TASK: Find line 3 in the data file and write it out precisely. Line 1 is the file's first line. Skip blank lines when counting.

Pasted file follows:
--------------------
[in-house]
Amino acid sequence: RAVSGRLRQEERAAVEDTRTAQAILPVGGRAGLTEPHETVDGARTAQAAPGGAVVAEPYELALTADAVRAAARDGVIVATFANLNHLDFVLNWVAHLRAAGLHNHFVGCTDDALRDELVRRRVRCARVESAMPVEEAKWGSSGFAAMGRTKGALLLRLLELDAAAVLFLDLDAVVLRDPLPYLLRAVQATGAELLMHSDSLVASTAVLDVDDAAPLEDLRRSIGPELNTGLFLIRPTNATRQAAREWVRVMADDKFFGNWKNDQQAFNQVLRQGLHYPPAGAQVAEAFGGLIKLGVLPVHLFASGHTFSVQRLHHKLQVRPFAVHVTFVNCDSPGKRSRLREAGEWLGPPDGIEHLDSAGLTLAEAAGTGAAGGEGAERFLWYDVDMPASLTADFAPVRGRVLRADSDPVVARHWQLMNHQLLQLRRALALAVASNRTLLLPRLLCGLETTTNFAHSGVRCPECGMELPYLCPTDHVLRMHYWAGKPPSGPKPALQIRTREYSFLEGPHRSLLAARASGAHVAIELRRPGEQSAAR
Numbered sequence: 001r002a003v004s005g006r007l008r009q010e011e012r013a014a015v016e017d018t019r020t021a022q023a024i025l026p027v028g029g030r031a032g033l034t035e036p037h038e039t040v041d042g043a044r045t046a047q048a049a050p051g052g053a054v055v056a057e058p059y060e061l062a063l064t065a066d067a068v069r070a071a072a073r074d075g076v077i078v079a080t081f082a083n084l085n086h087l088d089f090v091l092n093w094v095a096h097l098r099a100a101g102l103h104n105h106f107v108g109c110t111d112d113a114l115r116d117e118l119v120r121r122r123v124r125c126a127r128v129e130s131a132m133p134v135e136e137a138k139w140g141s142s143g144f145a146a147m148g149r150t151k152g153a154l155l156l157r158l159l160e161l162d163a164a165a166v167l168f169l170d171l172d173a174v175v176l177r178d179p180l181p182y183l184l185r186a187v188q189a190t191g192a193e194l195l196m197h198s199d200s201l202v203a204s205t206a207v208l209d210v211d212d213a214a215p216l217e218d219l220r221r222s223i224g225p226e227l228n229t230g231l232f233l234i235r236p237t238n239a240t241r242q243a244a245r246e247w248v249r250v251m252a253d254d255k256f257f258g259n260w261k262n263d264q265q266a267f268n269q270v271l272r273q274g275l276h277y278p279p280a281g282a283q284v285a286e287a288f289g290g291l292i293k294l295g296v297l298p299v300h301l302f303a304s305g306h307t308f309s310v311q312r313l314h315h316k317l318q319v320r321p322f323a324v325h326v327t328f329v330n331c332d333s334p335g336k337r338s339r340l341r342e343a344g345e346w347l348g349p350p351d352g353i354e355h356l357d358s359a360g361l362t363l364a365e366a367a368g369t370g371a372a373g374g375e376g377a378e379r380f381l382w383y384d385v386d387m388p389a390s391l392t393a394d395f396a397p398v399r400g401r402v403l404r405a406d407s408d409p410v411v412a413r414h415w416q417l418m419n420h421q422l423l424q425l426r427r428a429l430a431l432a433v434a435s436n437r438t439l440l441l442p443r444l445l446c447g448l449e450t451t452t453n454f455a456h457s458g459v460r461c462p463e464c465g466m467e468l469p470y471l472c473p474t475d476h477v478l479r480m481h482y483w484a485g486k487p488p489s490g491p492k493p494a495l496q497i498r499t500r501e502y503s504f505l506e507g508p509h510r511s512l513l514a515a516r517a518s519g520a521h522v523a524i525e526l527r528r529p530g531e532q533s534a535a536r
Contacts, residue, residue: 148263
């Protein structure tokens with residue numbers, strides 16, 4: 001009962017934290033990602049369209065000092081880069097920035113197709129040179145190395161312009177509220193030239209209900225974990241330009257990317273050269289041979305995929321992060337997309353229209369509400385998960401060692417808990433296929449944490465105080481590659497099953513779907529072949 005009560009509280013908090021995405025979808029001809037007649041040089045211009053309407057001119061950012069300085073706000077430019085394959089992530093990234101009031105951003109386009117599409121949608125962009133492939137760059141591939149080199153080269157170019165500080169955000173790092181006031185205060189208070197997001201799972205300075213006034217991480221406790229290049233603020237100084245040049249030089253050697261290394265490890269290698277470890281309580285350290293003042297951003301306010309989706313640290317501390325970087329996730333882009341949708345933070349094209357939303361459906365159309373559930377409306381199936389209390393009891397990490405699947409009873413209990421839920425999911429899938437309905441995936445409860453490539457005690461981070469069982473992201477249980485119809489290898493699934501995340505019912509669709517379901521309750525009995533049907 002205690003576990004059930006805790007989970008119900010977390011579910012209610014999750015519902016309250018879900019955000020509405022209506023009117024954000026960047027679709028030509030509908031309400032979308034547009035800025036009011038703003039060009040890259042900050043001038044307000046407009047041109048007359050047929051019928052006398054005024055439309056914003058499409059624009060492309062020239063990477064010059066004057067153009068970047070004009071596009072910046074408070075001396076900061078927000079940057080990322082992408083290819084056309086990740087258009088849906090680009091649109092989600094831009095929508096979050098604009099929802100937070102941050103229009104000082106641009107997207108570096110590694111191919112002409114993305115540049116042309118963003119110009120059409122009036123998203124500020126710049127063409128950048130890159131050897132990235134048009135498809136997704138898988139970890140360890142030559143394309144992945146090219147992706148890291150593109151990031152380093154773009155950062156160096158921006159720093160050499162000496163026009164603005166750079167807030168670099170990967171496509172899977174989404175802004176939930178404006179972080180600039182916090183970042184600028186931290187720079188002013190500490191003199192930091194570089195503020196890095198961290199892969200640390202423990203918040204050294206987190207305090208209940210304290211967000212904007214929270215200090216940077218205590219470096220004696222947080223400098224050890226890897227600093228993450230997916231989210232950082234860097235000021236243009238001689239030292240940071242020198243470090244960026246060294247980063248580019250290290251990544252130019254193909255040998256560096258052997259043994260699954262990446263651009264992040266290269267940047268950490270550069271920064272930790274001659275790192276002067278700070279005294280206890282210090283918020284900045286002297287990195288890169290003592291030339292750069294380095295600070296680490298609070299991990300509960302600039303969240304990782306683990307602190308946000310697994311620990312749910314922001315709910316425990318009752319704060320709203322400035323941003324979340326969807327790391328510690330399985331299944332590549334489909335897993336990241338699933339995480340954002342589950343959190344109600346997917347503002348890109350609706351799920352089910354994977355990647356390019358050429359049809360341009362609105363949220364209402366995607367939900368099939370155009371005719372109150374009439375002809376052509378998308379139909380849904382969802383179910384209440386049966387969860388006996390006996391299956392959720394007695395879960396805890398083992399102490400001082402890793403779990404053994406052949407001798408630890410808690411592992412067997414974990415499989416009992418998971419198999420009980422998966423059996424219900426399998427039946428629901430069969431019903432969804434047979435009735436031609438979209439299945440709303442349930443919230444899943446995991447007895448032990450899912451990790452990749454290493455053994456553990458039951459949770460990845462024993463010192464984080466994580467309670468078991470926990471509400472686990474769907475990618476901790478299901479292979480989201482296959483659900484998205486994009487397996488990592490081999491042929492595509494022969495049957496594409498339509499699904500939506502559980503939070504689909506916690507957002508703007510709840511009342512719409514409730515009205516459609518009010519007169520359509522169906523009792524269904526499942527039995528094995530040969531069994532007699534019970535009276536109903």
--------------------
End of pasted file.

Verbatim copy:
Numbered sequence: 001r002a003v004s005g006r007l008r009q010e011e012r013a014a015v016e017d018t019r020t021a022q023a024i025l026p027v028g029g030r031a032g033l034t035e036p037h038e039t040v041d042g043a044r045t046a047q048a049a050p051g052g053a054v055v056a057e058p059y060e061l062a063l064t065a066d067a068v069r070a071a072a073r074d075g076v077i078v079a080t081f082a083n084l085n086h087l088d089f090v091l092n093w094v095a096h097l098r099a100a101g102l103h104n105h106f107v108g109c110t111d112d113a114l115r116d117e118l119v120r121r122r123v124r125c126a127r128v129e130s131a132m133p134v135e136e137a138k139w140g141s142s143g144f145a146a147m148g149r150t151k152g153a154l155l156l157r158l159l160e161l162d163a164a165a166v167l168f169l170d171l172d173a174v175v176l177r178d179p180l181p182y183l184l185r186a187v188q189a190t191g192a193e194l195l196m197h198s199d200s201l202v203a204s205t206a207v208l209d210v211d212d213a214a215p216l217e218d219l220r221r222s223i224g225p226e227l228n229t230g231l232f233l234i235r236p237t238n239a240t241r242q243a244a245r246e247w248v249r250v251m252a253d254d255k256f257f258g259n260w261k262n263d264q265q266a267f268n269q270v271l272r273q274g275l276h277y278p279p280a281g282a283q284v285a286e287a288f289g290g291l292i293k294l295g296v297l298p299v300h301l302f303a304s305g306h307t308f309s310v311q312r313l314h315h316k317l318q319v320r321p322f323a324v325h326v327t328f329v330n331c332d333s334p335g336k337r338s339r340l341r342e343a344g345e346w347l348g349p350p351d352g353i354e355h356l357d358s359a360g361l362t363l364a365e366a367a368g369t370g371a372a373g374g375e376g377a378e379r380f381l382w383y384d385v386d387m388p389a390s391l392t393a394d395f396a397p398v399r400g401r402v403l404r405a406d407s408d409p410v411v412a413r414h415w416q417l418m419n420h421q422l423l424q425l426r427r428a429l430a431l432a433v434a435s436n437r438t439l440l441l442p443r444l445l446c447g448l449e450t451t452t453n454f455a456h457s458g459v460r461c462p463e464c465g466m467e468l469p470y471l472c473p474t475d476h477v478l479r480m481h482y483w484a485g486k487p488p489s490g491p492k493p494a495l496q497i498r499t500r501e502y503s504f505l506e507g508p509h510r511s512l513l514a515a516r517a518s519g520a521h522v523a524i525e526l527r528r529p530g531e532q533s534a535a536r